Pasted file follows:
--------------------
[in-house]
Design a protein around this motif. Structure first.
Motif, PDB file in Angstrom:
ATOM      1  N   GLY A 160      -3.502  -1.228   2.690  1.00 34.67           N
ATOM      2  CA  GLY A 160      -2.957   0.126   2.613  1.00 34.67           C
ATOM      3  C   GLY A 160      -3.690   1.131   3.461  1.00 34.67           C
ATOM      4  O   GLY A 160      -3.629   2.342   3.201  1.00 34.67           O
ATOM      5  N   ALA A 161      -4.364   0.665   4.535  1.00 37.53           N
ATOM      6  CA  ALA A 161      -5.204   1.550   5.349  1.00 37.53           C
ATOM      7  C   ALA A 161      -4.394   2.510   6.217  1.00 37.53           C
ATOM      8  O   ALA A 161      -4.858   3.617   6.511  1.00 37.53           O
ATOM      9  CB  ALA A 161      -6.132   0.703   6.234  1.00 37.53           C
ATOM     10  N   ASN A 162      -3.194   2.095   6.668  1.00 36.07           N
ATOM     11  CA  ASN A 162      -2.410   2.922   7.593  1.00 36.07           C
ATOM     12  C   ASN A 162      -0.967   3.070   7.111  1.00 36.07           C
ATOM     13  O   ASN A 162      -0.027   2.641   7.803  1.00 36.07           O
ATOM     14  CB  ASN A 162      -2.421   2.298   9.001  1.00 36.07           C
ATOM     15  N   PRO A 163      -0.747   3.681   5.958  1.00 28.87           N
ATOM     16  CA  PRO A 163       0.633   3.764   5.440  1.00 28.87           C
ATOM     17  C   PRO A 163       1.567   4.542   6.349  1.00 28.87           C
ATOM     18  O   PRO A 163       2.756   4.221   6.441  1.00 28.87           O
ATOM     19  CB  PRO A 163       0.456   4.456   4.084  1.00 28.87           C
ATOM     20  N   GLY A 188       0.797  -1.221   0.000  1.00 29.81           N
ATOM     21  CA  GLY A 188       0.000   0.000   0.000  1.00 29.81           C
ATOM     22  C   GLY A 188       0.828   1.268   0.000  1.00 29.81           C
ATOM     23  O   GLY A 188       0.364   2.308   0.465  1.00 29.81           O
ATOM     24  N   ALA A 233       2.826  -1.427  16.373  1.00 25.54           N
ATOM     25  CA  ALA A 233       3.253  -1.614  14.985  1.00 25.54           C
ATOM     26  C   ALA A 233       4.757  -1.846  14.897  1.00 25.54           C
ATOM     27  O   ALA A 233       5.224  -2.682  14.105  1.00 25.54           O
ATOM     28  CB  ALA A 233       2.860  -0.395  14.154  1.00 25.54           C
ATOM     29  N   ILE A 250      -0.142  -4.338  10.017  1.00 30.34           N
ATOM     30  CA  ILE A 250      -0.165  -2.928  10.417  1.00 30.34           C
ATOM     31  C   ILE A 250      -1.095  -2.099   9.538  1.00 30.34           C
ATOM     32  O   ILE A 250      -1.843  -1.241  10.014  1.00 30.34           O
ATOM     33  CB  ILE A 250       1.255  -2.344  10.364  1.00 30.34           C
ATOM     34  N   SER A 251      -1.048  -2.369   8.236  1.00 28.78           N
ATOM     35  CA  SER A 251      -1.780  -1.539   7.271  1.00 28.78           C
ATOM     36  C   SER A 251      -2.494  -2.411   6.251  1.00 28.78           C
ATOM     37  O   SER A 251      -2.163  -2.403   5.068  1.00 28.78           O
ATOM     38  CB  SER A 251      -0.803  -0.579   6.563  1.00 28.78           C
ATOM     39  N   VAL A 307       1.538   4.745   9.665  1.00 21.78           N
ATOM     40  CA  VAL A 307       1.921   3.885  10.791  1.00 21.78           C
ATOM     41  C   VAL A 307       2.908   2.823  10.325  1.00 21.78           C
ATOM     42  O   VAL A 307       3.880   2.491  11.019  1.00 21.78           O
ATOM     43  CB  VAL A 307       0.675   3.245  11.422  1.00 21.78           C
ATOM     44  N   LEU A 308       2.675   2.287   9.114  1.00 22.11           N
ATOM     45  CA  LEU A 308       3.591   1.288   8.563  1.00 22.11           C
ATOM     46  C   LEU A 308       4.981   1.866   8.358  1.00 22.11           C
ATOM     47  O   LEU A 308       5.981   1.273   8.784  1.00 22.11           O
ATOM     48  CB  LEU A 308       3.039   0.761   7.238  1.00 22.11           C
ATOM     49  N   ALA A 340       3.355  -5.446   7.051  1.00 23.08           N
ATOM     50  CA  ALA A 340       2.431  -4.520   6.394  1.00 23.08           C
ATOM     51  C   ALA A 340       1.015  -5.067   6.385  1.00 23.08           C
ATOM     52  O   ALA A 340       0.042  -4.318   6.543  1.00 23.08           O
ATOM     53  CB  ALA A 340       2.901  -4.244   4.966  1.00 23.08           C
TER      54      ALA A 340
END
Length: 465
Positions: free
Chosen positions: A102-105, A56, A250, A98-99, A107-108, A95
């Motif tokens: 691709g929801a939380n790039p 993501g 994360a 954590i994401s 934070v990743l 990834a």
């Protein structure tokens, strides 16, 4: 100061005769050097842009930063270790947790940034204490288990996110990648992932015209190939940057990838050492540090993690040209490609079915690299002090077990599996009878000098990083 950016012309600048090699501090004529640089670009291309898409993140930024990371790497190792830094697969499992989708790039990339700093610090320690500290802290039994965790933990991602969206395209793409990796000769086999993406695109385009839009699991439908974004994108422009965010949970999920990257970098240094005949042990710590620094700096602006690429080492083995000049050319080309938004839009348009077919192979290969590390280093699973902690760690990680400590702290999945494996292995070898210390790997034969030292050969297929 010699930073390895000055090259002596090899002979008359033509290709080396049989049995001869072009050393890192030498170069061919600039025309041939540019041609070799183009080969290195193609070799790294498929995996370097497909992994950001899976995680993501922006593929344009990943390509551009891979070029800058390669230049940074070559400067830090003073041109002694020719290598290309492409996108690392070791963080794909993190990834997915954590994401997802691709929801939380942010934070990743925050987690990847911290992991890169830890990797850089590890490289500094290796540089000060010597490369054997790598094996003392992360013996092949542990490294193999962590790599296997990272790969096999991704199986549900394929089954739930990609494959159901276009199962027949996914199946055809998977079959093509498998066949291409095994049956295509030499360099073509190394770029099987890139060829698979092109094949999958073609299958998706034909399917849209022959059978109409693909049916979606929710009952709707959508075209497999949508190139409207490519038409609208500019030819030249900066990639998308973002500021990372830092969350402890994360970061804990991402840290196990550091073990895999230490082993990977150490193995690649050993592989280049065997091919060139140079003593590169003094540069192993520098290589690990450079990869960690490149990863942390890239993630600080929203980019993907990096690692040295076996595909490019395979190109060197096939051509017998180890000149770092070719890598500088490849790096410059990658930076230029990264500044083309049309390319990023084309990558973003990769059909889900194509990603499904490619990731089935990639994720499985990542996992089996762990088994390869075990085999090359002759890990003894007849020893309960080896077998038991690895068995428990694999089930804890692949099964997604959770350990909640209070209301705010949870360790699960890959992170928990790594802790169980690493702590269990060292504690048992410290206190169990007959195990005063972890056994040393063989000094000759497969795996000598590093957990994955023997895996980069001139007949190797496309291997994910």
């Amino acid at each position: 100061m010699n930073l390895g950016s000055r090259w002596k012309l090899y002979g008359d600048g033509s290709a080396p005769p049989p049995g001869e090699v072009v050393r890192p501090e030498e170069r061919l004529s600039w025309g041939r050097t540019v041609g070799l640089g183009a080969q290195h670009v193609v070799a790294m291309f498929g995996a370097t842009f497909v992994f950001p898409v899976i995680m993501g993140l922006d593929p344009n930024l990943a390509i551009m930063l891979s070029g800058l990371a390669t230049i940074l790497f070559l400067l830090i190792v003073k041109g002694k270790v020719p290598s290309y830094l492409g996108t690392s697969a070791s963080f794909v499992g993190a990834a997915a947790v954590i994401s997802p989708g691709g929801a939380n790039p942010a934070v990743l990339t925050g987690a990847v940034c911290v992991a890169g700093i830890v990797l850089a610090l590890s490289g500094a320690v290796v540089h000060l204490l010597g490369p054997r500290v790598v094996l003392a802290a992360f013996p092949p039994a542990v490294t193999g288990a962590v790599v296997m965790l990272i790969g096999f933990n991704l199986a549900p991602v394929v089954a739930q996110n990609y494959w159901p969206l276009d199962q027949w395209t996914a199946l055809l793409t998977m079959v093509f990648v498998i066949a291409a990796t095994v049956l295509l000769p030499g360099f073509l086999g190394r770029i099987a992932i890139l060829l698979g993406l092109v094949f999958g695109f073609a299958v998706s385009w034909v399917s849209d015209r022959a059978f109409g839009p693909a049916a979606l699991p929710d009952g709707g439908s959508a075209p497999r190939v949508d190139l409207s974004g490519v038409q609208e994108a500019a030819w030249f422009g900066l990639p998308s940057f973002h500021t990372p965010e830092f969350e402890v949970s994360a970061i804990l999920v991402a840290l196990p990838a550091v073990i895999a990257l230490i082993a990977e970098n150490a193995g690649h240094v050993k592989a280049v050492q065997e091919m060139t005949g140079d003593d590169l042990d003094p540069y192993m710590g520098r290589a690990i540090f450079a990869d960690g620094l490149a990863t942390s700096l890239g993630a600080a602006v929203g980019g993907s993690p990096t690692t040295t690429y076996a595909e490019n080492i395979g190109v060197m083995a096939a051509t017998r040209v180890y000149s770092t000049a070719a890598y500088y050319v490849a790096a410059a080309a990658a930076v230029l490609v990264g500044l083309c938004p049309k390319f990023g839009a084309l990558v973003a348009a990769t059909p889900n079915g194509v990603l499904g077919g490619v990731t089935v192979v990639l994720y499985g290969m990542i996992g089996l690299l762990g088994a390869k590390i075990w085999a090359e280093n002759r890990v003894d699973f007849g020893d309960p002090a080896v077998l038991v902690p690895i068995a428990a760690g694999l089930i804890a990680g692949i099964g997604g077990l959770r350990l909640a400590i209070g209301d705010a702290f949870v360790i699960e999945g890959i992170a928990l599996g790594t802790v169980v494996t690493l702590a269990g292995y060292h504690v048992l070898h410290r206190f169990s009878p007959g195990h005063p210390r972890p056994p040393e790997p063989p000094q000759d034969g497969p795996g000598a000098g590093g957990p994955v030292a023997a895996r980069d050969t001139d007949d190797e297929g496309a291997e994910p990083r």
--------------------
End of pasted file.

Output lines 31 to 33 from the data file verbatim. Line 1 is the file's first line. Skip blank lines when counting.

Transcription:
ATOM     28  CB  ALA A 233       2.860  -0.395  14.154  1.00 25.54           C
ATOM     29  N   ILE A 250      -0.142  -4.338  10.017  1.00 30.34           N
ATOM     30  CA  ILE A 250      -0.165  -2.928  10.417  1.00 30.34           C